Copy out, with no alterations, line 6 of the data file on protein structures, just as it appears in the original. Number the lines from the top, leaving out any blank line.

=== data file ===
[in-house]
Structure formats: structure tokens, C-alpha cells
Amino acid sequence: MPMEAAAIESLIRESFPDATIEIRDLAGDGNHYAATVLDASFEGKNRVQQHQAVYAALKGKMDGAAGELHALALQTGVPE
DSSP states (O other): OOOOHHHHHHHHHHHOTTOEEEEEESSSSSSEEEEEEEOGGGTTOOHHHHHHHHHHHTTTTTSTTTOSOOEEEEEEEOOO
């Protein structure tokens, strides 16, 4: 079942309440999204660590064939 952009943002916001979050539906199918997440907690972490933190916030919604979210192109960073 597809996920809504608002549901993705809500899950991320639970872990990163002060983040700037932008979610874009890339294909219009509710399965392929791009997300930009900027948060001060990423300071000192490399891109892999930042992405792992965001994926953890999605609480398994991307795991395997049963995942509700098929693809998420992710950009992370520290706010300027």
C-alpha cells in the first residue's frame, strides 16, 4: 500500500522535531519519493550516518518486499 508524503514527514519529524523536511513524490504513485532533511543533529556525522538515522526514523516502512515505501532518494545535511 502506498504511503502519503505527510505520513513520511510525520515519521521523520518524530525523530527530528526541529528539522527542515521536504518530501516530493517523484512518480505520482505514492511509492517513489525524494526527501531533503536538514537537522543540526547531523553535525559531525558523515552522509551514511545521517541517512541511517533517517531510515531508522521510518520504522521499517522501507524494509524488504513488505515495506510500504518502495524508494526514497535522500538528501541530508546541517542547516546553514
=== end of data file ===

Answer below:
C-alpha cells in the first residue's frame, strides 16, 4: 500500500522535531519519493550516518518486499 508524503514527514519529524523536511513524490504513485532533511543533529556525522538515522526514523516502512515505501532518494545535511 502506498504511503502519503505527510505520513513520511510525520515519521521523520518524530525523530527530528526541529528539522527542515521536504518530501516530493517523484512518480505520482505514492511509492517513489525524494526527501531533503536538514537537522543540526547531523553535525559531525558523515552522509551514511545521517541517512541511517533517517531510515531508522521510518520504522521499517522501507524494509524488504513488505515495506510500504518502495524508494526514497535522500538528501541530508546541517542547516546553514